Parents can also begin the process early — both for driving and for living — by creating household rules and behavior patterns which will earn driving privileges if attended to. Some ideas which might help parents determine readiness include:

  • Following checklists of daily routines, including expected chores and tasks.
  • Establish an incentive system to reward current behavior as well as build towards a “yes” for driving — you might provide coupons for desired rewards in the present.
  • Connect the driving privilege with behavior. Your teen doesn’t need to be perfect, but they do need to demonstrate that they are working hard to manage the negative components of their ADHD (and, since many with ADHD are very creative, enjoy that positive component).
  • If you are in an area where you have access to private backroads, you can start on behind-the-wheel training even before the permit shows up — if your teen has demonstrated good behavior.
  • Once you set lines, stick to them — if you say that your teen can get the permit if they live up to the expectations you’ve set, then stick to it.

A driving contract for teens with ADHD (and maybe those without it, too)

Set clear rules for when they do have their license. These rules can be be in the form of a driving contract which you and your teens will follow. Some items which should be addressed in the contract are:

  • Rules on ADHD medication and driving
  • Permitted destinations
  • GPA and school behavior
  • Curfews
  • Trip planning
  • Telephone use

Include other issues that may apply in your family.

Include commentary drives into your routine

One newer technique which needs some consideration is the commentary drive. A commentary drive is simply a drive in which you narrate what is going on and what you’re doing as you drive. Drivers can do commentary drives, but you can begin the practice with your teen in the passenger seat, and have them describe what they see and what’s going on.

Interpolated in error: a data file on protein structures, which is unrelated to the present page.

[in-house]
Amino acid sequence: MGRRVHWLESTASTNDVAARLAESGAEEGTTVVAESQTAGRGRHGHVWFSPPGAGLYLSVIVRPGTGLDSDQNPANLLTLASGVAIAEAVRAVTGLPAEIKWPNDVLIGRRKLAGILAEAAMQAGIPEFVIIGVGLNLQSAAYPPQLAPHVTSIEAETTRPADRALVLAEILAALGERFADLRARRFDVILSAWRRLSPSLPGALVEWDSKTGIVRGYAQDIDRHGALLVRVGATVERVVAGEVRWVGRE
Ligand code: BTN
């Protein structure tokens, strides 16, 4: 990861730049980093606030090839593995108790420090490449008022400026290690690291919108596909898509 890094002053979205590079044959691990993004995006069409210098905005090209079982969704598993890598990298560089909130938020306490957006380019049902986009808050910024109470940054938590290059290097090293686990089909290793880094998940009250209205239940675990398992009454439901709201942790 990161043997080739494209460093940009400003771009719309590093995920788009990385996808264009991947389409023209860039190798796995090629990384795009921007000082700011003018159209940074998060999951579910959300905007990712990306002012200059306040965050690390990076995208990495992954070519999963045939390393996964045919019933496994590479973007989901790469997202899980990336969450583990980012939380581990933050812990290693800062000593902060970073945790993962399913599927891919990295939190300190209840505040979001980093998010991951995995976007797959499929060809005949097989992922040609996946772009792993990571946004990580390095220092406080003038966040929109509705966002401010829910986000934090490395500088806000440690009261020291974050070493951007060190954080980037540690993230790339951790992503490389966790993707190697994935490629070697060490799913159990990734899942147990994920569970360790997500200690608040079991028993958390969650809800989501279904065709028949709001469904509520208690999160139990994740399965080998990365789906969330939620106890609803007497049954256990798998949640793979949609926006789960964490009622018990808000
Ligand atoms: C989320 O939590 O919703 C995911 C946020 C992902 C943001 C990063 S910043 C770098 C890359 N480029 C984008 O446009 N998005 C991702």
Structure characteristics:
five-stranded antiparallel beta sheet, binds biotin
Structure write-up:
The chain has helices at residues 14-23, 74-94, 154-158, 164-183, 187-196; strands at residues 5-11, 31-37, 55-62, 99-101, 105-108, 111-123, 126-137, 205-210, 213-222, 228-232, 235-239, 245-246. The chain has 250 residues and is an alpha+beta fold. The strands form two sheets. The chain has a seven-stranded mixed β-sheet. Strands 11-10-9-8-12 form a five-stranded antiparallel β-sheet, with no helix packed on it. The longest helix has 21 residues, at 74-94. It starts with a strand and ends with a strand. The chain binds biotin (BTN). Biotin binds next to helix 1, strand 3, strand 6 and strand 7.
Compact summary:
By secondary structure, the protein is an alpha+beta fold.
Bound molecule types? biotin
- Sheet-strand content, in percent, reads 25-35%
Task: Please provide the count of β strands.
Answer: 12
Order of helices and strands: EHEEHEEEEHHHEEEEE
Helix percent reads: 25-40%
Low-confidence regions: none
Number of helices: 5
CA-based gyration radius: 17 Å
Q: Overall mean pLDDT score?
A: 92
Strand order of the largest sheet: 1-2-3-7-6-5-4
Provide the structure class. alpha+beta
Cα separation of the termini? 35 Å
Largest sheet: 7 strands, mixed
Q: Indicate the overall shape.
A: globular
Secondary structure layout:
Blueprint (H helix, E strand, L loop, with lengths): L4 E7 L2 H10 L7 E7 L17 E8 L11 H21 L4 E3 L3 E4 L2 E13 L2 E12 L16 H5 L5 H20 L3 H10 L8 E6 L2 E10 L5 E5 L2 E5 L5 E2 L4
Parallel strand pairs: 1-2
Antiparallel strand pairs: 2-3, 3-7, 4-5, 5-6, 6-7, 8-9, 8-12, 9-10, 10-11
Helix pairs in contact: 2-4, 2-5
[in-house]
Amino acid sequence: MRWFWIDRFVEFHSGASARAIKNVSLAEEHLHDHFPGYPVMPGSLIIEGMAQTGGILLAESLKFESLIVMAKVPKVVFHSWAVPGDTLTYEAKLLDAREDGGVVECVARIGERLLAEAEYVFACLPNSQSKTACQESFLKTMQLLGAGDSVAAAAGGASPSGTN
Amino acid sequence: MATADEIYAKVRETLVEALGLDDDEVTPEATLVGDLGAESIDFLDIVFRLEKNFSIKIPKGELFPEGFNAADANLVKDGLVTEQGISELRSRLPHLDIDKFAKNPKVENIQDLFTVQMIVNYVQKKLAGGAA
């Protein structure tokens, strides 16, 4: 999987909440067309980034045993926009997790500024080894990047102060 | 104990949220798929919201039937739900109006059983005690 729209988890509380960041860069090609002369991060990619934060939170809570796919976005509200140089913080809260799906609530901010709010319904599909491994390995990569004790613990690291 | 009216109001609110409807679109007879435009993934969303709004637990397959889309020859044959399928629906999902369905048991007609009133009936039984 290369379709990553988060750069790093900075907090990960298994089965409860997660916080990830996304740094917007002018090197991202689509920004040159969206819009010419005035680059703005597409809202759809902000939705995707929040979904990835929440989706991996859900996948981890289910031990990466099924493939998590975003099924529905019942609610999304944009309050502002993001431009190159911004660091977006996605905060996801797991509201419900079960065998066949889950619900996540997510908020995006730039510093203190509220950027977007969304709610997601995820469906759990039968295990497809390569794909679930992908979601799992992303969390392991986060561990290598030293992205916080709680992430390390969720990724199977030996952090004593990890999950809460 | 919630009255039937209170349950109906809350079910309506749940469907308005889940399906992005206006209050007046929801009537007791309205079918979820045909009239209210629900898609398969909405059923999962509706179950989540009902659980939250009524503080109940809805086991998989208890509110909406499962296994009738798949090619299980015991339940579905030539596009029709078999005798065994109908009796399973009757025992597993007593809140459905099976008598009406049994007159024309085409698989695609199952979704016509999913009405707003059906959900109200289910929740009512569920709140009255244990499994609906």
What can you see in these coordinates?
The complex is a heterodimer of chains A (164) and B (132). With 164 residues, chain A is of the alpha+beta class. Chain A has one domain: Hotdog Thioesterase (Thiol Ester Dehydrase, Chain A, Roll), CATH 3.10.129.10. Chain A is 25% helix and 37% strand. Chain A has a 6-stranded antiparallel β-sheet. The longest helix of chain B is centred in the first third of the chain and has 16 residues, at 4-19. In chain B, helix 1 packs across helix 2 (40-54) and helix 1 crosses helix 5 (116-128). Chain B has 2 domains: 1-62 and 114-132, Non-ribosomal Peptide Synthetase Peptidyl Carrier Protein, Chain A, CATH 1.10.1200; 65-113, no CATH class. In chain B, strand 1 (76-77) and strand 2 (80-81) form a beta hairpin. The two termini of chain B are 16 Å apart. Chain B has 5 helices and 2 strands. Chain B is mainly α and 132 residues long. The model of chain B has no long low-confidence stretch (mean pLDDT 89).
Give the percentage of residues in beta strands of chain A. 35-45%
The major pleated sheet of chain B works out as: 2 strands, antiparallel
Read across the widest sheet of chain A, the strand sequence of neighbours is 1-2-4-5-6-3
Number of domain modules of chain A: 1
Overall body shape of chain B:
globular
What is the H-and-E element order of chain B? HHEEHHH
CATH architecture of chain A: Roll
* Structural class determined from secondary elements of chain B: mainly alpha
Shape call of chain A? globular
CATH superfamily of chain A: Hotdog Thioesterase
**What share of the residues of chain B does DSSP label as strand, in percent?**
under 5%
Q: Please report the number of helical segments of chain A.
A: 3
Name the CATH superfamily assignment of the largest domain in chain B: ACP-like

If you are going to make a turn at the next light, let them know — and have them tell you what they see and what they’d do.

Commentary drives do assume that the person doing the commentary knows something about driving — but you can start early with that practice, or do them during the course of your teen’s driver education program.

During a commentary drive you would say things like

  • “That driver looks like they’re trying to find an address, because they’re going 15 in a 25, and sometimes pull over towards the curb.”
  • “I see the light ahead turning yellow, so it will be red by the time we get there.”
  • “In the next block, I see children playing in the yard. I need to keep an eye out for them because one might run into the street.”
  • “I’m making a right turn here, but there is a woman waiting to cross the road, so I will stop and let them go before I turn.”

Commentary drives can work with teens with ADHD. They help with situational awareness as well as creating an internal dialogue which can boost focus while driving.

Teens with ADHD are teens — teach them to drive

Your teens with ADHD are teens first. They have the same desire for independence (in safety) as their peers. You can prepare them for their driver education in Chesapeake, Virginia easily and readily.

While you might prepare them differently than teens without ADHD, most of the adjustments you make will be minor. They will also give you a better relationship with your teen, and help them to find strategies to work with the way their ADHD affects them.